Borrell's China visit expected to enhance exchanges and ease doubts: experts
Published: Oct 07, 2023 08:10 PM Updated: Oct 07, 2023 09:12 PM
China EU Photo:VCG

China EU Photo:VCG

China and the EU are expected to seek more exchanges, clear away some mistrust and mend spats under Brussels' "de-risking" approach ahead of the China-EU summit, Chinese experts said on Saturday, after an EU official confirmed that the EU foreign policy chief Josep Borrell will head to China next week, after previously postponing the trip twice. 

An EU official, who has not been named, disclosed on Friday that EU's top diplomat will visit China from October 12 to 14, according to AFP. Borrell will meet Chinese Foreign Minister Wang Yi "to discuss bilateral relations as well as foreign policy and security issues," according to the EU official. 

The possible visit comes after Brussels started a probe into China's "electric vehicles subsidies," which China's Ministry of Commerce expressed strong dissatisfaction and firm opposition to on Wednesday. 

Brussels' approach of "balancing" its concerns over relying too much on Beijing while maintaining ties will likely be at the heart of Borrell's upcoming discussions with Chinese officials, according to the AFP.  

Wang Yi, also a member of the Political Bureau of the Communist Party of China (CPC) Central Committee, welcomed Borrell's attendance of the strategic dialogue during their phone call in August. Analysts believe that during his Beijing visit, Borrell aims to attend the China-EU Strategic Dialogue, one of the three pillars of China-EU relations, and prepare for the China-EU summit. 

Li Haidong, a professor at the China Foreign Affairs University, told the Global Times that the focus of Borrell's visit is likely to be on strategic communication and cooperation, clearing the way for promoting exchanges in various fields such as the economy, energy and people-to-people exchanges, and increasing trust on issues of mutual concern.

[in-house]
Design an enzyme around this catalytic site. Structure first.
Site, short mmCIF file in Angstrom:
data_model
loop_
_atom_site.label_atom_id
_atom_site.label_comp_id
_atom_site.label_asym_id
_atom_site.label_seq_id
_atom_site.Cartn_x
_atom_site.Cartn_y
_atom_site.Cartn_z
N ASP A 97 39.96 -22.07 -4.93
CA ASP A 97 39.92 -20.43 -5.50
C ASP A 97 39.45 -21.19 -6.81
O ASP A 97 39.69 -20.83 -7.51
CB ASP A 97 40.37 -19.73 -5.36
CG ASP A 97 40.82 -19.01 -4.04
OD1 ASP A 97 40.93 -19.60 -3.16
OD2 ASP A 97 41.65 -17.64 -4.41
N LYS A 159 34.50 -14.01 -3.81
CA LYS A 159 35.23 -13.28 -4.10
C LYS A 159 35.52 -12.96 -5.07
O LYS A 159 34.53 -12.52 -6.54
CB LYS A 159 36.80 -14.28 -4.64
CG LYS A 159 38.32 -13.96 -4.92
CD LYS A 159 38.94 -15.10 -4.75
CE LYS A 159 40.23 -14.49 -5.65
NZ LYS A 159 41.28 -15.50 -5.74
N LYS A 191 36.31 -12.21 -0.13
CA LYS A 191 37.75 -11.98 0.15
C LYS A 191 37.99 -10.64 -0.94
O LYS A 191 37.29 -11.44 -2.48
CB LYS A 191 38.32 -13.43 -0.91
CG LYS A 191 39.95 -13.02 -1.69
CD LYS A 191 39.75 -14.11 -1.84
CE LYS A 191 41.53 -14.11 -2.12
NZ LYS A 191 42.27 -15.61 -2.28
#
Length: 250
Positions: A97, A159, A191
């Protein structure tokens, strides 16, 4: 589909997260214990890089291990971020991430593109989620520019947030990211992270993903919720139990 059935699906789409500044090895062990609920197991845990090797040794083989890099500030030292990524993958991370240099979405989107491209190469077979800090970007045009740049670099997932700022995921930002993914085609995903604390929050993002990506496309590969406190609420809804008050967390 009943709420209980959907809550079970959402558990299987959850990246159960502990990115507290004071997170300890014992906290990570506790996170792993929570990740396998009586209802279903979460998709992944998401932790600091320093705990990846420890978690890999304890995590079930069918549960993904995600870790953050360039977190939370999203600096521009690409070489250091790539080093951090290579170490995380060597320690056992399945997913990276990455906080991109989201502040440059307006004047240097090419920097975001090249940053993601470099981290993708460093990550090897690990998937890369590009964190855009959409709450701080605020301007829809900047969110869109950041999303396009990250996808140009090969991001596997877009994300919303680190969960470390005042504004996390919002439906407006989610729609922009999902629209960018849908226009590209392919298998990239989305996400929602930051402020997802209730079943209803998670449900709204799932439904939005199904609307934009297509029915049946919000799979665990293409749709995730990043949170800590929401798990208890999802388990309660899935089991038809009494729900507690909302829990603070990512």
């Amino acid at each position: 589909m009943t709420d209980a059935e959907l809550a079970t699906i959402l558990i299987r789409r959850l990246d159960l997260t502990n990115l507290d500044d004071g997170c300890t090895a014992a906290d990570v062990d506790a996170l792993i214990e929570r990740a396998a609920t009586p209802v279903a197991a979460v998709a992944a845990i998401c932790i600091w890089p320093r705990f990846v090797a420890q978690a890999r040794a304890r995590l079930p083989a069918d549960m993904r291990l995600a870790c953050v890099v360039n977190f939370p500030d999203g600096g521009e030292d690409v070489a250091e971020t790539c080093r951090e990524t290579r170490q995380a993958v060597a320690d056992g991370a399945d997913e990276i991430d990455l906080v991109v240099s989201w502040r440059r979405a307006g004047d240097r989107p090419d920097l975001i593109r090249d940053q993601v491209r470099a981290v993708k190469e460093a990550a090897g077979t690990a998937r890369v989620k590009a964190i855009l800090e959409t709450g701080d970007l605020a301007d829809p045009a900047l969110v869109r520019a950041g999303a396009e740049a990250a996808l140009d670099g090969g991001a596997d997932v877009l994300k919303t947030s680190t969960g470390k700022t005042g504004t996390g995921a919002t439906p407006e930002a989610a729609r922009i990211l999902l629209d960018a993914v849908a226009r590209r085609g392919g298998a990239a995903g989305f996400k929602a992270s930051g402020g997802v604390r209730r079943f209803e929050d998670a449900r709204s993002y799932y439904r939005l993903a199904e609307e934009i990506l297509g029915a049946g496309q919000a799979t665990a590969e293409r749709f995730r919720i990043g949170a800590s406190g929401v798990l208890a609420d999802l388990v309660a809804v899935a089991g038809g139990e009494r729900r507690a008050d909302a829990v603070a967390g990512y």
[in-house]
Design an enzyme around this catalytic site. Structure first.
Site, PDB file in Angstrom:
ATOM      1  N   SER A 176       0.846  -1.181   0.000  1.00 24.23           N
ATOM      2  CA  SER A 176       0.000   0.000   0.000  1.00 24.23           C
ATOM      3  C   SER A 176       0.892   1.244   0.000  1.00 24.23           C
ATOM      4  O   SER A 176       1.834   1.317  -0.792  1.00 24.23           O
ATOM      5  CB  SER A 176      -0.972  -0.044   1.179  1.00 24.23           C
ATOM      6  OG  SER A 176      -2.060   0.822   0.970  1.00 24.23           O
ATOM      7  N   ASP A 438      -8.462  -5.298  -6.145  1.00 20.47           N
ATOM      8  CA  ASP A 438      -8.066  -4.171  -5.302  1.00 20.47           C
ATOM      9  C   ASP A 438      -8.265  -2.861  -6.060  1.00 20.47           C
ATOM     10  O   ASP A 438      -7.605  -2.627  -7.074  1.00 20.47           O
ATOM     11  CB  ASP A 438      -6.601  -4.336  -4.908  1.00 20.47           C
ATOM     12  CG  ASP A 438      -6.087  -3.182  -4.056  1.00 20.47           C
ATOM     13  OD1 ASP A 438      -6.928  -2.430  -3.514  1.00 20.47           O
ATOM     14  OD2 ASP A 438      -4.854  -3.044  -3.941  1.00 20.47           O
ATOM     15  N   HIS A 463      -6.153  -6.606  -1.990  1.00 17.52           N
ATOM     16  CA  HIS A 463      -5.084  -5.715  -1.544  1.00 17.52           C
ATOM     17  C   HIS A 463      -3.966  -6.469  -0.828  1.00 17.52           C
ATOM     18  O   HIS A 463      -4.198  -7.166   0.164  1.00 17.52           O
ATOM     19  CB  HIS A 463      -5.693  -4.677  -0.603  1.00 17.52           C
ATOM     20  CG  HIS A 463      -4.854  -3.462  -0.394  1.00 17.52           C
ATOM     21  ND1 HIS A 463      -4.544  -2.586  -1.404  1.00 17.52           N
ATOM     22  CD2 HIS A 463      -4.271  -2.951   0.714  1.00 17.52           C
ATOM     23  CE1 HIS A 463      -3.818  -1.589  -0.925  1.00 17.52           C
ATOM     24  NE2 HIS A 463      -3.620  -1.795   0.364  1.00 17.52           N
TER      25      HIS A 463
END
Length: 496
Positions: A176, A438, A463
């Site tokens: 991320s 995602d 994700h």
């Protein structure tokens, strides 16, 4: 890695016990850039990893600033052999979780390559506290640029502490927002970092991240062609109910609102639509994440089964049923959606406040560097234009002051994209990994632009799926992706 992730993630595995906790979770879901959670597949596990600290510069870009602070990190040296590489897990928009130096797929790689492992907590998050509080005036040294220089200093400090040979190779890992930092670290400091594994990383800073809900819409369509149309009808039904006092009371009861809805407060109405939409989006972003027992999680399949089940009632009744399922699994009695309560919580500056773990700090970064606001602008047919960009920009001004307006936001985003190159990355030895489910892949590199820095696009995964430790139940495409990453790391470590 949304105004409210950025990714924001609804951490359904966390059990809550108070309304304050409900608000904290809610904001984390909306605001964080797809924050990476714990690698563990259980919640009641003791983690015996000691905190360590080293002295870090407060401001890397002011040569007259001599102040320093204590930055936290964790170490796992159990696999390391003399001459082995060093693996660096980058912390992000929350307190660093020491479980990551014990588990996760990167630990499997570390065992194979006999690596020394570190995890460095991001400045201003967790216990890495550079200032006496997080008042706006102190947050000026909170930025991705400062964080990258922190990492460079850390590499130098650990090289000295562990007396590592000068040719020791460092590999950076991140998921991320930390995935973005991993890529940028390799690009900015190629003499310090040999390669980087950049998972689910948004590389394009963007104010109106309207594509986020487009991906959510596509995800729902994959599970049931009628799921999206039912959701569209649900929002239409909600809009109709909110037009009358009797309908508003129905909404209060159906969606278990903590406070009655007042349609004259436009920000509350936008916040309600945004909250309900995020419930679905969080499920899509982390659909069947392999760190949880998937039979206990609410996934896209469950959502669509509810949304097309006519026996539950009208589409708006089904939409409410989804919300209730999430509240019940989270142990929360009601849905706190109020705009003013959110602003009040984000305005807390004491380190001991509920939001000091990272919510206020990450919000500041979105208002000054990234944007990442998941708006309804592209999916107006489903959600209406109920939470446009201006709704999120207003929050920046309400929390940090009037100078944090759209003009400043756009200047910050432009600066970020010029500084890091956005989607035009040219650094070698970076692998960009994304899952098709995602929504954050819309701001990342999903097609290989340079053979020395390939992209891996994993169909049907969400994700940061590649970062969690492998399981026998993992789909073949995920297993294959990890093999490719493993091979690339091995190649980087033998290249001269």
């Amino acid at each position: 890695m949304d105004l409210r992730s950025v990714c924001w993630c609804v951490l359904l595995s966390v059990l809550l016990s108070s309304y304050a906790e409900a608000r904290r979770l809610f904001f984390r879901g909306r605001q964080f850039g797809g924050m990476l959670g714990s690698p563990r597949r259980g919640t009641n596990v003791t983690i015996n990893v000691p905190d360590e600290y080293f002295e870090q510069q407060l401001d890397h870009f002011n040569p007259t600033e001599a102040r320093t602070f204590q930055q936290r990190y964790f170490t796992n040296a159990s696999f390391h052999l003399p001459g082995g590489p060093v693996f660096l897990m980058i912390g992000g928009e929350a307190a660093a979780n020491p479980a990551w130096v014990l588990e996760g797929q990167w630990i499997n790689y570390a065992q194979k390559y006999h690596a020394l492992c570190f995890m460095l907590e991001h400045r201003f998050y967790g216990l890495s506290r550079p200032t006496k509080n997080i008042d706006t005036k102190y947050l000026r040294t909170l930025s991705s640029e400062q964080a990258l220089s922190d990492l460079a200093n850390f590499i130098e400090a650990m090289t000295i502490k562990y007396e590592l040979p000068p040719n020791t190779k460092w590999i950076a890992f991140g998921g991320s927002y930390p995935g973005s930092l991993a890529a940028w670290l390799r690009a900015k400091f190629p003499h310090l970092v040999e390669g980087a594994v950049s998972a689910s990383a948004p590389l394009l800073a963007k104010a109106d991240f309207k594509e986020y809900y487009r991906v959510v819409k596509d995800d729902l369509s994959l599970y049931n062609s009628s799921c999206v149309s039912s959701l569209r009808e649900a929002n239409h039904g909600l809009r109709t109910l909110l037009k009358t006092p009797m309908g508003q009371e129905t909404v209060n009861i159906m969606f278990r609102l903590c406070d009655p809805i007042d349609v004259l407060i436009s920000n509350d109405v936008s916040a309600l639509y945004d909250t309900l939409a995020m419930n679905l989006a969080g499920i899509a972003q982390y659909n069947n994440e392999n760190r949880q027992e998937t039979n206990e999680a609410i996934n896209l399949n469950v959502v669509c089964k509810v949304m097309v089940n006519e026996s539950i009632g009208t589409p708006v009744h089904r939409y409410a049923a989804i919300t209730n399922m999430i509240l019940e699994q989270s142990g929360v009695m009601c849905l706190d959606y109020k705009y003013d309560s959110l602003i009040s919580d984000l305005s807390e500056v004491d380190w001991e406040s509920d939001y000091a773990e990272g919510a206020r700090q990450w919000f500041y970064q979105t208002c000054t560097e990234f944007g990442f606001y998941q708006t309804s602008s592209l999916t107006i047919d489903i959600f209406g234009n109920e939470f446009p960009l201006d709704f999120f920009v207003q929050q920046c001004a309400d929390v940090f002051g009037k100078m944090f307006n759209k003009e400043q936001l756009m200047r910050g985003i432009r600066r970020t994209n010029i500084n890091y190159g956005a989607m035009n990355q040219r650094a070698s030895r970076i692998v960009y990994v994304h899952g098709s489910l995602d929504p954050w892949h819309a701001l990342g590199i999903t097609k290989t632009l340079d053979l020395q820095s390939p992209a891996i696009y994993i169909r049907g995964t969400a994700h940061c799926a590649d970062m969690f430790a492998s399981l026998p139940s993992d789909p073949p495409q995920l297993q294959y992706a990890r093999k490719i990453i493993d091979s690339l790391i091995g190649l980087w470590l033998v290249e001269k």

Despite its desire for more autonomy in economic matters, the EU has been kidnapped by the US on security issues and has had to take into account the strategic competition between the US and China, which Europe also has broad and deep common interests with, Li said. 

China hopes that by promoting strategic coordination and cooperation with the EU, Europe will become more powerful and influential on the global stage, so that the global strategic pattern will be more balanced, instead of Europe being held hostage by the US, Li said. "That's a goal shared by China and Europe."

China hopes to work together with the EU to maintain the stability of relations and address the challenges together, Cui Hongjian, a professor with the Academy of Regional and Global Governance with Beijing Foreign Studies University, told the Global Times.

The full resumption of in-person exchanges between China and the EU started only in the first half of 2023, and the EU's misunderstanding and negative sentiments on China need to be gradually eased, according to Cui. 

On September 25, Chinese and EU officials held a high-level economic and trade dialogue in person in Beijing for the first time since the pandemic, with a series of new agreements in various areas reached. On Tuesday, the European Parliament approved a new trade instrument to enable the EU to respond to "economic blackmail" from a foreign country, which could be used by China hawks against Beijing. 

The mixed and self-contradictory moves and signals from EU reflected the mentality under the "de-risking" approach taken by Ursula von der Leyen, president of the European Commission, analysts believed. 

China will also express its concerns, said Cui, as although "de-risking" is different from the US' "decoupling," the unilateral narrative has not been accepted by the Chinese side.

According to Cui, China hopes the EU will further clarify the concept of "de-risking": does it regard China as a risk, or does it regard the problems faced by China and Europe as a risk? "Regarding China as a risk is not the proper way to treat a strategic partner."

"China-EU relations should have a principle and a main tone, rather than being divided into 'cooperation, competition and confrontation,' which will never lead to a balance… it's possible that some areas of cooperation will be drawn into the track of competition or even confrontation, when the EU is exaggerating 'security' in a one-sided way," said an expert.

Dealing with the probe into "electric vehicles subsidies" could be a litmus test, said Cui. "If the two sides can resolve the issue through technological and political consultations, it will not only resolve economic frictions, but also enhance political mutual trust. But if some European politicians want to change EU's China policy traditions or just flex muscles, China-EU ties could remain unstable for a while."